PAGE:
Did you know you can cook your breakfast while you’re sleeping? A slow cooker (crock-pot) is my secret weapon against the morning rush and helps avoid the temptation of sugar cereal or bars that are no more than cookies marketed as breakfast.
I simply add ingredients to my slow cooker the evening before, turn it on, and in the morning we wake up to a wonderful, warm meal!
The Ultimate in Convenience
If everyone in your family eats breakfast at different times, crock-pot breakfasts can make life easy, because those who need breakfast early can just help themselves, and those who sleep late can still have a warm, nourishing bowl whenever it’s convenient for them.
Fast Food …
Because you don’t have to do any cooking in the morning, – you don’t even have to open a box of cereal! – a crock-pot breakfast is the ultimate in fast food. It’s a great way to be sure you have a hearty breakfast and still get out the door quickly.
… but Not Fat Food
Research clearly shows that eating breakfast every day is a key behavior among people who are able to lose weight and keep it off. A crock-pot breakfast can be a delicious way to enjoy a high fiber, low fat, and super nutritious morning meal.
Incredibly Inexpensive …
Overnight hot cereal is also a great option for those on a gluten-free diet. Gluten-free boxed cereals are not only expensive ($5.49 a box! Seriously??), but they’re sometimes full of sugar and other less desirable ingredients.
I like preparing hot cereal in the slow cooker because I can control what goes in it … and because it saves so much money. A bowl of ready-to-eat cereal from the box with milk can cost around 90 cents a bowl. But hot cereal cooked in a crock pot can cost as little as 10 cents a bowl.
… and Veritably Versatile
There is a wide variety of gluten-free grains that can be cooked in a crock pot. Try millet, long-grain brown rice, short-grain brown rice, teff, quinoa, amaranth, gf oats, buckwheat, or corn grits … or a combination of these.
If you eat gluten, you can add bulgur wheat, cracked wheat, wheat berries, farro, kamut, spelt, barley, and oats to the list. Overnight hot cereal works well with just about any grain or combination of grains … so you can have a different cereal every day of the week.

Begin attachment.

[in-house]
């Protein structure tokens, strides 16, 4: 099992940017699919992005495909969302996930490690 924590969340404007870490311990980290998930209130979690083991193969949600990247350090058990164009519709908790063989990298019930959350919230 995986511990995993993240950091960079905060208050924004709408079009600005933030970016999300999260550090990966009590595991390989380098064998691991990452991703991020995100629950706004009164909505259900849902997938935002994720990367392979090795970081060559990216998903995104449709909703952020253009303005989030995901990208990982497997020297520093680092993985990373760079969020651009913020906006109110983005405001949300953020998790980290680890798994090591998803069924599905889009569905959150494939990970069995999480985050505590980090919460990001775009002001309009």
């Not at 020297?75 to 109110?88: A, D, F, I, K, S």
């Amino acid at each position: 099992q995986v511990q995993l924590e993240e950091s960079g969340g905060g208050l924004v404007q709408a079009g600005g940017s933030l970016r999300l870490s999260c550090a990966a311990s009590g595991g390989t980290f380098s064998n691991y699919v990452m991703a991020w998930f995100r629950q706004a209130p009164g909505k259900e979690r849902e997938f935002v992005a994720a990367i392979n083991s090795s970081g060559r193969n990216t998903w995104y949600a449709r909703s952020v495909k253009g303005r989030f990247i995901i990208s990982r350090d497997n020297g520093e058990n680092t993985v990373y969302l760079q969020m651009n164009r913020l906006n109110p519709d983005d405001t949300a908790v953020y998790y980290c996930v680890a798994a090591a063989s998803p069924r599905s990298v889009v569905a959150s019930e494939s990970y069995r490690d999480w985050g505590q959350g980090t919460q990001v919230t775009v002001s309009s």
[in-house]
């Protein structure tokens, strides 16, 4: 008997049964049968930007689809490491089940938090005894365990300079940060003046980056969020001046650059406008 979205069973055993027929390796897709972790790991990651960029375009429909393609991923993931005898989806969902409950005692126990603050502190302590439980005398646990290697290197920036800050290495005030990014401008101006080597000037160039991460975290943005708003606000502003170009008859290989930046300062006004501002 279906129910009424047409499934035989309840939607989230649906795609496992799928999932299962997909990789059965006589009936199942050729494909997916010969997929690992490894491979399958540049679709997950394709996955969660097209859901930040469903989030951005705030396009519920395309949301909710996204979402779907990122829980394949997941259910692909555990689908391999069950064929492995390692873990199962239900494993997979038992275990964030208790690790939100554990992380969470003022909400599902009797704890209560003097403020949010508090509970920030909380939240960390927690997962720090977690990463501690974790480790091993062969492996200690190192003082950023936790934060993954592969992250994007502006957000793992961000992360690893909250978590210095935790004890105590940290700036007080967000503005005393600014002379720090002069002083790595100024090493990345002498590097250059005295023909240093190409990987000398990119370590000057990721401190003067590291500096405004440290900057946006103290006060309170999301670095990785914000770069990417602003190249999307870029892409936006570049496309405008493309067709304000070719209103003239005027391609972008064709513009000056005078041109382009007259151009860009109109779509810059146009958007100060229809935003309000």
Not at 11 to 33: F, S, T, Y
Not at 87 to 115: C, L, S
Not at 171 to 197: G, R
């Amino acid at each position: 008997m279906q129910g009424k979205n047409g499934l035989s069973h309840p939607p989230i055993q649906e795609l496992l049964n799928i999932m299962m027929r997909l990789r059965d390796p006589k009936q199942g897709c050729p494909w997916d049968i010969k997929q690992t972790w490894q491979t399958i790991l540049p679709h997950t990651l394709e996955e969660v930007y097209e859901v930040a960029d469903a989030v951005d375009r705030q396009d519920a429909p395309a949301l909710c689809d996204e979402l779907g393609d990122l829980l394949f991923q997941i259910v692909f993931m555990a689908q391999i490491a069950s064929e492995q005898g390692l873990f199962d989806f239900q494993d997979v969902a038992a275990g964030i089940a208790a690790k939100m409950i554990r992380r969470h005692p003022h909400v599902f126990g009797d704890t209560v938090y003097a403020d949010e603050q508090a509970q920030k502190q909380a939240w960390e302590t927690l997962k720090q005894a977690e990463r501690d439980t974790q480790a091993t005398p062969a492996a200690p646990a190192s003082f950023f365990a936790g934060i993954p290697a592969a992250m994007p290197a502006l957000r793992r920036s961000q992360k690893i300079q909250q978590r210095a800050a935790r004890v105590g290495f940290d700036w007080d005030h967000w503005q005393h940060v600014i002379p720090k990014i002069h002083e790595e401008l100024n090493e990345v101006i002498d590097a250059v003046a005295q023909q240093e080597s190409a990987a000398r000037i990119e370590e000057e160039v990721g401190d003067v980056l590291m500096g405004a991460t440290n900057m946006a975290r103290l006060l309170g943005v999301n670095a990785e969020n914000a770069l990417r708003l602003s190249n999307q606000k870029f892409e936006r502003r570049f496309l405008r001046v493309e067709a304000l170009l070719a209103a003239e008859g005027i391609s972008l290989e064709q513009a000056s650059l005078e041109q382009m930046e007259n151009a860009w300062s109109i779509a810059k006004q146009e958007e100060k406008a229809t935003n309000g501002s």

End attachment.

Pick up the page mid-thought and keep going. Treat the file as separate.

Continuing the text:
To add to the variety, we like to vary our toppings from one morning to the next. Frozen blueberries, diced apples, walnut pieces, maple syrup, raisins, flax meal, chopped almonds, dates, coconut, sesame seeds … the combinations are just about endless.
Here are some of our favorite overnight hot cereals.
Crockpot Whole-Grain Breakfast Cereals
Steel cut oats are the best type of oats to use when it comes to the slow cooker. They produce a hot cereal that is richer, chewier, and heartier than that made with regular rolled oats. (More about steel-cut oats below.)
Overnight Orange Cranberry Oatmeal is one of our favorite crock pot oat recipes.
Long-Grain Brown rice
Most people are familiar with brown rice served as a side dish at dinner or prepared as rice pudding, but rice also makes a creamy and nourishing breakfast cereal as well. We like frozen strawberries, sliced bananas, and chopped almonds over hot creamy rice. Raisins are also delicious with rice.
Short-Grain Brown Rice
Short-grain brown rice is creamier, stickier, and chewier than long-grain rice. Some feel it has a slightly sweeter taste too.
Millet is a tiny, round grain that cooks into a creamy cereal in the crock pot. We like millet with coconut milk, shredded coconut, and crushed pineapple, but it’s also great with chopped dates!
Buckwheat makes a strong tasting breakfast cereal, but my kids really like the flavor! It took a little bit of doctoring for me to enjoy it, but loaded with a heap of flax meal and an abundance of frozen blueberries, it’s now one of my favorites.
Create Your Own